A parent who is responsible for his children’s education may make the responsible decision to send them to a state school or to a fee-paying school, or to some kind of Christian independent “academy” (a horrible modern misuse of the word “academy”, you will probably agree, especially when it means a tough school which was “failing” and had to be taken over). In the past, a responsible parent might have put their education in the care of local monks, or even sent them away to Rome to be educated (some Anglo-Saxon kings did that). Responsible parents may decide that the children are better off at a boarding school, particularly if they travel around wild places in the army or as missionaries, or for a variety of other reasons (e.g. the mother and father may be continually fighting each other at home, which makes for an unsettling background),

    I don’t think there were comprehensive schools in Jerusalem or Jericho or Galilee in biblical times. Therefore the Bible does not say much about them as a responsible alternative to “home-schooling” (in herding animals ?). but I don’t suppose rabbis had any objection to rabbis taking some part in the education of children. They may even have organised Saturday Schools, who knows ?

    1. Stephen

      You are right I believe about schools organised from time immemorial. Jewish children especially were well-read as their society prized and still prizes a good education. Remember Topol’s character’s daughter in Fiddler on the Roof singing about her future husband, ‘For Pa, Pa, make him a scholar’? Even a first-century Jewish girl, such as Mary the mother of the Lord, was so well-versed in the scriptures she could compose the song we know as the ‘Magnificat’ totally founded on Old Testament scripture.

    1. Stephen

      Click on the ‘transgender answer’ video on Mr Hutton’s link. It’s about six minutes long. The arguments are founded on Gen 1:27, although Pastor MacArthur doesn’t actually say so.

    2. Rox

      I agree with John Macarthur on much of this, but on two points very much not.

      1) I don’t think that for most people dabbling in this cult it is principally a rebellion against God. It is simply going along with how they currently feel themselves to be, which at the present time fashion allows them to do.

      2) Living in a sort of fantasy, as something you are not, is by no means unique to people in this situation. It used to be that many people who went to grammar schools “transitioned” from working class to middle class, so that some of them were thoroughly confused as a result — particularly some Labour politicians then pretended to be working-class publicly, but in private were thoroughly bourgeois. At a lower level, there are poor lads who masquerade as romantic gang members, and women who inhabit dream worlds of all kinds. In a basically dull existence, this glamour isn’t necessarily harmful. Male trans-sexuals always seem to be become glamorous females, not charwomen.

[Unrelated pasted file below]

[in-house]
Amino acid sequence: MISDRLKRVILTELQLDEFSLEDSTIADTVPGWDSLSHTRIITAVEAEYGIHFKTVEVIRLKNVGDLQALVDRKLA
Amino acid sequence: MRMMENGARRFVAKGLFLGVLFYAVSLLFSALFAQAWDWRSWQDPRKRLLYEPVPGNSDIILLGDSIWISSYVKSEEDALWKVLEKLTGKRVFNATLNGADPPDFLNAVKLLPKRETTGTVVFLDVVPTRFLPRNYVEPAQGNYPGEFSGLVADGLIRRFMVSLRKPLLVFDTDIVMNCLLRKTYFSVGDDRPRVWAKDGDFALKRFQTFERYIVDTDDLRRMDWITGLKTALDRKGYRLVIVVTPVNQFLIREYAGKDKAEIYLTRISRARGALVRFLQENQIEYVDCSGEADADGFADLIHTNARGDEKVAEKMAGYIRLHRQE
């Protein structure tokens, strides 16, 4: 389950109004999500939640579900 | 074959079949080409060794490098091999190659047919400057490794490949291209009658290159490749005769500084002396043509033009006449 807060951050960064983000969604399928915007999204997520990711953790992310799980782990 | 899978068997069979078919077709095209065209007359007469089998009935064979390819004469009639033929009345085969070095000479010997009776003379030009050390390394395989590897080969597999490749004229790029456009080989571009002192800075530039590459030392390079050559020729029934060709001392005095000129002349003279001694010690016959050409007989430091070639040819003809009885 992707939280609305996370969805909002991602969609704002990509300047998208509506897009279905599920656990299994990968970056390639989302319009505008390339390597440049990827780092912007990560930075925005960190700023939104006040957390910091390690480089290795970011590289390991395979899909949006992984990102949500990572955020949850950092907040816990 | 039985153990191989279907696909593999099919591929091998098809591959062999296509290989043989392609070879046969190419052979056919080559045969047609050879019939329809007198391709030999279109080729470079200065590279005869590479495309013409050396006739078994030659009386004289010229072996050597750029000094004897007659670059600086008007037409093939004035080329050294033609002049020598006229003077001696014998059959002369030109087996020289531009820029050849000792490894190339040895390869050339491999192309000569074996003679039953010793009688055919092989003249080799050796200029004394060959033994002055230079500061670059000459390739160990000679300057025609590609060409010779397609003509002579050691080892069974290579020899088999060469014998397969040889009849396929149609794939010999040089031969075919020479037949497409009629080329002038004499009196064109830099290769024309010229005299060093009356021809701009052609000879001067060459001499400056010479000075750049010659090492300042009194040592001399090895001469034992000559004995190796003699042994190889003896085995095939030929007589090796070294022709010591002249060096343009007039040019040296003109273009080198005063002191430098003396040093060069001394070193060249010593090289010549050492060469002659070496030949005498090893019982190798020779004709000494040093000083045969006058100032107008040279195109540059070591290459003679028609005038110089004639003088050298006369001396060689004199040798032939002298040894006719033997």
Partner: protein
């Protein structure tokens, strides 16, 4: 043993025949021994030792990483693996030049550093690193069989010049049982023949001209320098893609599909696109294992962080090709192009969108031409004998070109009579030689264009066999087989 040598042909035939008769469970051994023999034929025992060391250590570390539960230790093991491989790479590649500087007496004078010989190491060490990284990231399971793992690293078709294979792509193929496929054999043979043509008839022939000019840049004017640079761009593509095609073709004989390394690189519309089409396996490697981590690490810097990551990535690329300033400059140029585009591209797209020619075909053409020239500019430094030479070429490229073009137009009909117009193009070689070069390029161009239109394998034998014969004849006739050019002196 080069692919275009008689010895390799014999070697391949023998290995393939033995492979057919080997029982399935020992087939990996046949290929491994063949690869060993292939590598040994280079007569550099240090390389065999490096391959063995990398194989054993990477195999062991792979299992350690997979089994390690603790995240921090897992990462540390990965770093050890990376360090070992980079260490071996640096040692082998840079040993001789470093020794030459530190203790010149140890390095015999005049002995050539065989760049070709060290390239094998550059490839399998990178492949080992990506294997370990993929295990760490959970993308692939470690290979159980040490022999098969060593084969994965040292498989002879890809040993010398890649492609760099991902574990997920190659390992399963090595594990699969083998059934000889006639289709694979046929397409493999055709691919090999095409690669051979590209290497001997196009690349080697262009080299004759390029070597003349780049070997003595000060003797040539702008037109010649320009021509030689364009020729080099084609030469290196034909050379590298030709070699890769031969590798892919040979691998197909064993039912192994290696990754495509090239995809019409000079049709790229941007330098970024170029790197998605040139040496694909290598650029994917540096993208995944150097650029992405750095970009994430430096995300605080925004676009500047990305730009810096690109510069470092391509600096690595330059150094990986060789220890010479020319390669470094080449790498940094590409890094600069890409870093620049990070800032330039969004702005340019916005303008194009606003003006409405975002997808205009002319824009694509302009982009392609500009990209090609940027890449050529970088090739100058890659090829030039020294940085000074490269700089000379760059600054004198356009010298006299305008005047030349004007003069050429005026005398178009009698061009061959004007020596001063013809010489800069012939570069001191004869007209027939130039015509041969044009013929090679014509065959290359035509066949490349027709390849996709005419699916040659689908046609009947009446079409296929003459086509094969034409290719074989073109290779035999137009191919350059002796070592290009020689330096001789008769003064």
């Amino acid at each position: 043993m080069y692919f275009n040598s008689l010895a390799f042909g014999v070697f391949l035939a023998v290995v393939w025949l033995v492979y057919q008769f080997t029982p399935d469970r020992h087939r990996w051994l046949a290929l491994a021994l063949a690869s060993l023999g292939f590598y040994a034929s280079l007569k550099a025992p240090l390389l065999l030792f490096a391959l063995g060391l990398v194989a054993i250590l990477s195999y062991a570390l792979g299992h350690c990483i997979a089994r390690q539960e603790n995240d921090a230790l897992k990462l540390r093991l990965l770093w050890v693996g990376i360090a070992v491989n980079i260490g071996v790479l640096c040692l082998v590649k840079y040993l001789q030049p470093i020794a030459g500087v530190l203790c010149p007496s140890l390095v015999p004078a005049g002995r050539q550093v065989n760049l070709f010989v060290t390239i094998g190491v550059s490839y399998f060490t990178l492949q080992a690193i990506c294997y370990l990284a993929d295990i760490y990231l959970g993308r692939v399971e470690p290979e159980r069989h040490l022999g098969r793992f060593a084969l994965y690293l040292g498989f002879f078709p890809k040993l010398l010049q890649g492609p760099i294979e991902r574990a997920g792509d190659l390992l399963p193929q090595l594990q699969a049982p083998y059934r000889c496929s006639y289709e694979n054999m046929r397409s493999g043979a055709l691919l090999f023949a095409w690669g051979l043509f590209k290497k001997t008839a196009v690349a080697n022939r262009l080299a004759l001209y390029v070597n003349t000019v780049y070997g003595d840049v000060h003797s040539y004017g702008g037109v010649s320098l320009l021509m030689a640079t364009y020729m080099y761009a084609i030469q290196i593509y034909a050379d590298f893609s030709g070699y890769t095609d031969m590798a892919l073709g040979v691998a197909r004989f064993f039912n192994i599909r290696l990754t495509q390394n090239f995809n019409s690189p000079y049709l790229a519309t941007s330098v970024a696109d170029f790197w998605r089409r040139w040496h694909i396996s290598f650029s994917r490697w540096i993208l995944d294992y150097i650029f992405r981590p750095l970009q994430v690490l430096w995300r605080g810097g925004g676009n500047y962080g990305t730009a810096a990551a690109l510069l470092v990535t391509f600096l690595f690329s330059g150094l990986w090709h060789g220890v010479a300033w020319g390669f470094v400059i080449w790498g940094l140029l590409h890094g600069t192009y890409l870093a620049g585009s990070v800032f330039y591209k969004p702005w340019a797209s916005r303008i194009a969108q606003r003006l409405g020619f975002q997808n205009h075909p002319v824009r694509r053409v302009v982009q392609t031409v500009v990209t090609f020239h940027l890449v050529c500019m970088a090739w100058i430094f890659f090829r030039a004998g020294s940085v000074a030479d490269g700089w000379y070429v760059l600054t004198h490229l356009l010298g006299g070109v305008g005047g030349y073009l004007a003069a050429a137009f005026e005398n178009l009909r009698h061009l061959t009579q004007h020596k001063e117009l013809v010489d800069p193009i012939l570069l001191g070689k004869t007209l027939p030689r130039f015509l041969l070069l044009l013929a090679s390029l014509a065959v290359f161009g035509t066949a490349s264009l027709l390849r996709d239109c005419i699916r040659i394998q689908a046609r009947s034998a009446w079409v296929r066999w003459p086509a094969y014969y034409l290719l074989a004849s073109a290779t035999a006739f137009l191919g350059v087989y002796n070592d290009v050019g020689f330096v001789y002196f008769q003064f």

1. Stephen

        1) That’s what MacArthur says. They may not recognise they are rebelling against the Almighty; but they are.
        2) Entertaining points. Maybe not entirely relevant, as I don’t claim to alter my genes by pretending to be slightly posh when my grandfather was a coach-builder. (Or do I?) And I think you are more correct about male transvestite acts than about transsexuals. The latter are not sixteen feet away on a stage. They are closer. You can see they are still blokes!

        1. Rox

          1) If you rebel against the Spanish government, then you do. I don’t think many Catalans rebel against the Spanish government accidentally, and need Mr Macarthur to tell them what they are doing. What about atheist trans-sexuals ? I suppose Macarthur would say that they are unknowingly rebelling against the god they don’t believe in.

          2) Coachbuilder was posh, especially at the time of your grandfather. Either he was unemployed a lot of the time, or he must have moved in very respectable circles, like butlers. Who is more posh than a butler ? I don’t think all trans-sexual people make a great point of their genes being different, particularly not the children. It’s just the way they say they feel.

          1. Stephen

            No, the transgenders never talk about genes! That would be a give-away.
            Who is more posh than a butler? Er, his employer?

          2. Rox

            Exactly. His employer is more posh than him, but not the other servants. A coach-builder at that time was a high-ranking and respected craftsman in a luxury market, not the man cutting down the trees to make the coach, or even the decorative man driving it.

            At a time when coaches were already rare, I should think a coachbuilder would rank with a modern furniture maker, a craft which royalty has had a go at.